In his 3rd theatrical directorial effort, Denzel Washington has managed to bring a new layer of life into August Wilson’s play, “Fences.” Reuniting most of the cast of their 2010 Broadway run, Washington, along with Viola Davis, as Troy and Rose Maxson, help to bring stellar and moving performances to this big screen adaptation of Wilson’s classic, garnering talk of possible Oscar nominations. Even more impressive, aside from the addition of a few locations, the film remains faithful to Wilson’s original text, maintaining most of the primary action in Maxson’s yard as per the play’s original locale. However, most importantly, Washington has managed to highlight issues of black manhood that despite being written about more than 30 years, and meant to have taken place 60 years ago, still remain relevant in our modern discourse.
The play, first performed in 1985, was the 3rd written in what came to be known as Wilson’s “Pittsburgh Cycle,” a series of plays that outlined the black experience in Pittsburgh throughout each decade of the 1900s. “Fences” focuses on the experience of the protagonist, Troy Maxson, his family, and friends in the 1950s.
Troy is a man who suffers from broken dreams. His understanding of manhood and fatherhood has in itself been disjointed by his experiences. He is the product of an absentee mother, an abusive father, and a series of systematic failures that ultimately hindered his ability to be the type of man he believes he is meant to be. He sees his role as a father as to put food on the table, pay the bills, and teach his sons what NOT to be, rather than what to be. He tells Rose with regards to their son, Corey “I don’t want him to be like me! I want him to move as far away from my life as he can get.” He sees himself as a failure. And considering his own experiences it is understandable. Having no education, he admits, several times, that he is illiterate. His inability to read ultimately affects his ability to make sound decisions for his family. He spent fifteen years in jail as the result of a botched robbery that ultimately kept him from playing a major role in his oldest son, Lyons’, life. And furthermore, even within the job he currently holds he struggles against a glass ceiling that exists as a result of the color of his skin. And although Rose tells him “Times have changed from when you was young, Troy. People change. The world’s changing around you and you can’t even see it…” , “Fences” begs the question, have they really?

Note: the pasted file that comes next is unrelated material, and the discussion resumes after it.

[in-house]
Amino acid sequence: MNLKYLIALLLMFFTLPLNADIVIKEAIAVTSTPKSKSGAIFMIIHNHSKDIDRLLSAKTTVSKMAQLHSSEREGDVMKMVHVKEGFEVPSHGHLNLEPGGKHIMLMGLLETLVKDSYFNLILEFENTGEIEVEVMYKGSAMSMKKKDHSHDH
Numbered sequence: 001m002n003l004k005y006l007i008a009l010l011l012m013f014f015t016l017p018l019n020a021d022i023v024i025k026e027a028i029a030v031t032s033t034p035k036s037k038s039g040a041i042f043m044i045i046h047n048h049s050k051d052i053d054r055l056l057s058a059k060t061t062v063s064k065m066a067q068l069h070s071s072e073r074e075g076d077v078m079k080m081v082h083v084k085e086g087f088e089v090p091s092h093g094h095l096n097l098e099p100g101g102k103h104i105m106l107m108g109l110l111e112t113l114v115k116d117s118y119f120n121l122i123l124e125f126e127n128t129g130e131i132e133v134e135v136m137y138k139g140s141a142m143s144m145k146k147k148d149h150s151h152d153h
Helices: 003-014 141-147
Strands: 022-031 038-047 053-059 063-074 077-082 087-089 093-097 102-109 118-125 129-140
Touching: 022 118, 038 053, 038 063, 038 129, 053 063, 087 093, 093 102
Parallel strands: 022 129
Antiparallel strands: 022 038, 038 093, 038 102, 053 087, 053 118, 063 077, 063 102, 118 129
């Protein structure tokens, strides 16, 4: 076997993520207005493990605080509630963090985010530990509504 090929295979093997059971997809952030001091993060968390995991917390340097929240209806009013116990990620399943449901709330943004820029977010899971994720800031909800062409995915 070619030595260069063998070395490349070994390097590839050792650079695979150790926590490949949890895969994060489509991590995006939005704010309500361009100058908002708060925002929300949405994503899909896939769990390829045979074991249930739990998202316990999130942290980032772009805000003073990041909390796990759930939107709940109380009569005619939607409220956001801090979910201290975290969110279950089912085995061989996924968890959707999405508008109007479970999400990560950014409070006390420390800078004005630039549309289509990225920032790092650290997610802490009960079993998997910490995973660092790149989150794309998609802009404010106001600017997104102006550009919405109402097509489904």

In 1848, American educator Horace Mann stated, “Education then, beyond all other devices of human origin, is a great equalizer of the conditions of men…”. This sentiment was again echoed in 2011 by the US Secretary of Education, Arne Duncan. The idea here is that despite race, economic condition, or geographic location, our education system should allow all people equal opportunity. Education, should be equal all across the board. Yet on average, African American twelfth grade students read at the same level as white eighth grade students. Furthermore 18% of African American males face out of school suspension through grades K-12. This is 3.8 times higher than their white male counterparts. This means they are being removed from the classroom, and missing out on everyday educational opportunities. This leaves them in an uphill battle, upon their return, to catch up on material they could very possibly already have been struggling to master on the most basic levels. Resultantly, the equalizing opportunity that Mann spoke of in education is systematically failing those who most need the equalizing effect.